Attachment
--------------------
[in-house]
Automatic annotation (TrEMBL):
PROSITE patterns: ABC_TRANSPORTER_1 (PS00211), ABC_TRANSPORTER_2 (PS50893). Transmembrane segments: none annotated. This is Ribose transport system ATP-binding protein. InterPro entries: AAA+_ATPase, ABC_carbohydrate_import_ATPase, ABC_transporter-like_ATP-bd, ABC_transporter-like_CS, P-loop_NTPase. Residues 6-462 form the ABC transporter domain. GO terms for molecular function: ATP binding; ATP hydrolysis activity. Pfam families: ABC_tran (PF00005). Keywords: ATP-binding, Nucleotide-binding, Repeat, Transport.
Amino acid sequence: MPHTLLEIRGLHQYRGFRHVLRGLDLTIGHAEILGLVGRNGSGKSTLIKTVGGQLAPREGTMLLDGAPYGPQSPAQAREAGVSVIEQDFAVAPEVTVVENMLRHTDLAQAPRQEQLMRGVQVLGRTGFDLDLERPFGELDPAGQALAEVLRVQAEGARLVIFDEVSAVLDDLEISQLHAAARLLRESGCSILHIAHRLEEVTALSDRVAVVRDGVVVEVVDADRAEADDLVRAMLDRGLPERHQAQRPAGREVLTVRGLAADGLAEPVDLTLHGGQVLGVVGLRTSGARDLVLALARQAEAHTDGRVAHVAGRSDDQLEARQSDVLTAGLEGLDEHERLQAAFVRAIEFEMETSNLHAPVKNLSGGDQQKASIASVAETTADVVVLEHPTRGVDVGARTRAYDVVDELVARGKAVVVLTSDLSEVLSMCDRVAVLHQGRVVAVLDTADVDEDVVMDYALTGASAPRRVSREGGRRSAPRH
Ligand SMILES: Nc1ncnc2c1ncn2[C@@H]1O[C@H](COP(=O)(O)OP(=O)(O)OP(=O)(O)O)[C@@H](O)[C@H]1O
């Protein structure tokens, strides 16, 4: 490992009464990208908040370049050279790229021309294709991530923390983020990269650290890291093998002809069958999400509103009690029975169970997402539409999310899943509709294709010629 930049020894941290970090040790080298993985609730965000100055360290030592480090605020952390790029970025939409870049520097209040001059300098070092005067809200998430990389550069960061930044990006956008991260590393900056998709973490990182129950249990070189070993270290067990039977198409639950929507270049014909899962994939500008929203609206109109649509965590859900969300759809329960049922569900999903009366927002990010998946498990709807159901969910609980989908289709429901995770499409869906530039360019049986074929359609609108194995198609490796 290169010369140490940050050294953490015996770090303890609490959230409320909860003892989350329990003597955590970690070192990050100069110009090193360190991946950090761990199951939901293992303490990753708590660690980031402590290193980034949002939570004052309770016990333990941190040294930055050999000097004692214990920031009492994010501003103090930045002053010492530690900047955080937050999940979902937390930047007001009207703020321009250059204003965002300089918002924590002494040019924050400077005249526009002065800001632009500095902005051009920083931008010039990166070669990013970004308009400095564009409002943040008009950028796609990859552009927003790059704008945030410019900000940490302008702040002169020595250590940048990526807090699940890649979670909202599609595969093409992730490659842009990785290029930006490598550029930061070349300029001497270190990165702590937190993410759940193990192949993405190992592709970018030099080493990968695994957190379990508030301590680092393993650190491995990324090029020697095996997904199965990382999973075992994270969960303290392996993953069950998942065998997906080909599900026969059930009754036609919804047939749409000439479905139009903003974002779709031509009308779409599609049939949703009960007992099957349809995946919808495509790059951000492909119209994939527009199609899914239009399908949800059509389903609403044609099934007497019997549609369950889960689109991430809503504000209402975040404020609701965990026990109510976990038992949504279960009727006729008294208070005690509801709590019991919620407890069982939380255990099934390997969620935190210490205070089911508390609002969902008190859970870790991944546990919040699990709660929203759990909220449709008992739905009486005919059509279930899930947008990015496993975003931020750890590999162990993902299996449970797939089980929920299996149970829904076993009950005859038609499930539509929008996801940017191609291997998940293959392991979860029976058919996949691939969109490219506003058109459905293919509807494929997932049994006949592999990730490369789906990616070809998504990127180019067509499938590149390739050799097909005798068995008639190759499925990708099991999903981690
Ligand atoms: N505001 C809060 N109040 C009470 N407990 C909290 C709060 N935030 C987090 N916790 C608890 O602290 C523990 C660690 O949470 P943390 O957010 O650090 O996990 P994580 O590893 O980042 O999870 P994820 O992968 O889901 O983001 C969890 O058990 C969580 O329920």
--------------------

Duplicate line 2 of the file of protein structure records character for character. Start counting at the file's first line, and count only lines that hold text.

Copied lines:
Automatic annotation (TrEMBL):